What’s a ‘Dirty Wow Wow’?


Billy Parton

B. Parton

When you hear a name like “Dirty Wow Wow,” it’s hard to imagine what this ninth-grade English project is going to be about.

And you may be afraid to ask.

KHS English teachers Jill Pratt and Carrie Snyder have been assigning the project since 2007, the longest recurring assignment for the duo. Former KHS English instructor Karin Gonzalez first developed the idea from a National Public Radio segment on a book that soon became the project’s namesake.

So what is a “Dirty Wow Wow”? As a book, it was “a tribute to the threadbare childhood companions” that children grow to love, and perhaps love so much that the object of their affection gets a bit worn down. As a project it is a narrative of the students’ connection and adventures with their own favorite childhood companion. 

For some of us, our Dirty Wow Wow may have been a blanket, one that helped us feel secure. It may have been a doll or a toy or even an article of clothing that we held dear. For Pratt, it was a Beanie-Baby Dalmation representing the real dog she once had that ran away.

Regardless of the object, most of us likely had our own Dirty Wow Wow, and the project aims to turn those affectionate memories into not only a narrative paper, but an opportunity to bond, to find out what we all have in common.

Each student composes the narrative and reads it aloud to the class. The assignment must contain certain literary devices such as similes, metaphors and personification. The stories must also include vivid descriptions of where, when and how the Dirty photoWow Wow was obtained.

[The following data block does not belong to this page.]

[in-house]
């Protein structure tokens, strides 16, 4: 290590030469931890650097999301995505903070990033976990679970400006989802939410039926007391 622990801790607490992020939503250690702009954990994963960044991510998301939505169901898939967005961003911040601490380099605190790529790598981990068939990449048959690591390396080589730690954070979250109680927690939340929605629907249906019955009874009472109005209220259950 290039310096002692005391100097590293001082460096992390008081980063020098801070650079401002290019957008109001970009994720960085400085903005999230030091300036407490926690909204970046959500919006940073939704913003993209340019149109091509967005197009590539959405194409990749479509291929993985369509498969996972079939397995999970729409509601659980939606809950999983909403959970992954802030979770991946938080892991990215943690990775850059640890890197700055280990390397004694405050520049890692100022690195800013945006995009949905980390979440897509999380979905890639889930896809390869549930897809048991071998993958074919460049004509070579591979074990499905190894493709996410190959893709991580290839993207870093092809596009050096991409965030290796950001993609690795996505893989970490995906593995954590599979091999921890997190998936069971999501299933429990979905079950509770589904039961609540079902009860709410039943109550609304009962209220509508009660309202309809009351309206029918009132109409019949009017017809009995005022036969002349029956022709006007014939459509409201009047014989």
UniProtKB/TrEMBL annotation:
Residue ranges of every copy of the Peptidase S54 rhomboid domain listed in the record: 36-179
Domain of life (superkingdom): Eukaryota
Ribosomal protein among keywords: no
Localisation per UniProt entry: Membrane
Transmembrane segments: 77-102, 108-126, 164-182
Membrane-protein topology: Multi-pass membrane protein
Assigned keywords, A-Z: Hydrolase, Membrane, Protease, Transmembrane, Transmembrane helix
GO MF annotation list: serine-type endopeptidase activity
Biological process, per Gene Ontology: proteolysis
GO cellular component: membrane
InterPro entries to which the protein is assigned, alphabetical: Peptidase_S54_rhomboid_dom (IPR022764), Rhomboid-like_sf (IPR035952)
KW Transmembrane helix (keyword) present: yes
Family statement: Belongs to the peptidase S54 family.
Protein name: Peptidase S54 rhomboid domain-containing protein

Pratt said the that originally, Dirty Wow Wow was an end-of-the-year project, but soon became the annual kick-off tot he new school year as the teachers realized the project served an important function.

“Dirty Wow Wow helps the class bond and create a kind of geeky family,” said Pratt. “It helps teachers get to know students in a very personal, non-threatening way.”

Students tend to agree.

“It definitely relieves class tensions,” said Kings sophomore and former project participant Vlad Gilaziev.

The Dirty Wow Wow project creates nostalgia that everyone in the class can connect with. Some students still have their Dirty Wow Wow, perhaps packed in a box somewhere in the attic, forgotten for years. The emotional connections can be so strong that at times, Pratt said, hugs are necessary by project’s end. Some Dirty Wow Wows may also remind students of loved ones they have lost.

Pratt said the strong memories only bond the class further.

The 2014-15 school year brought some additions to the Dirty Wow Wow family, as other teachers took on the project. Now every non-honors freshmen English class participate in the assignment.

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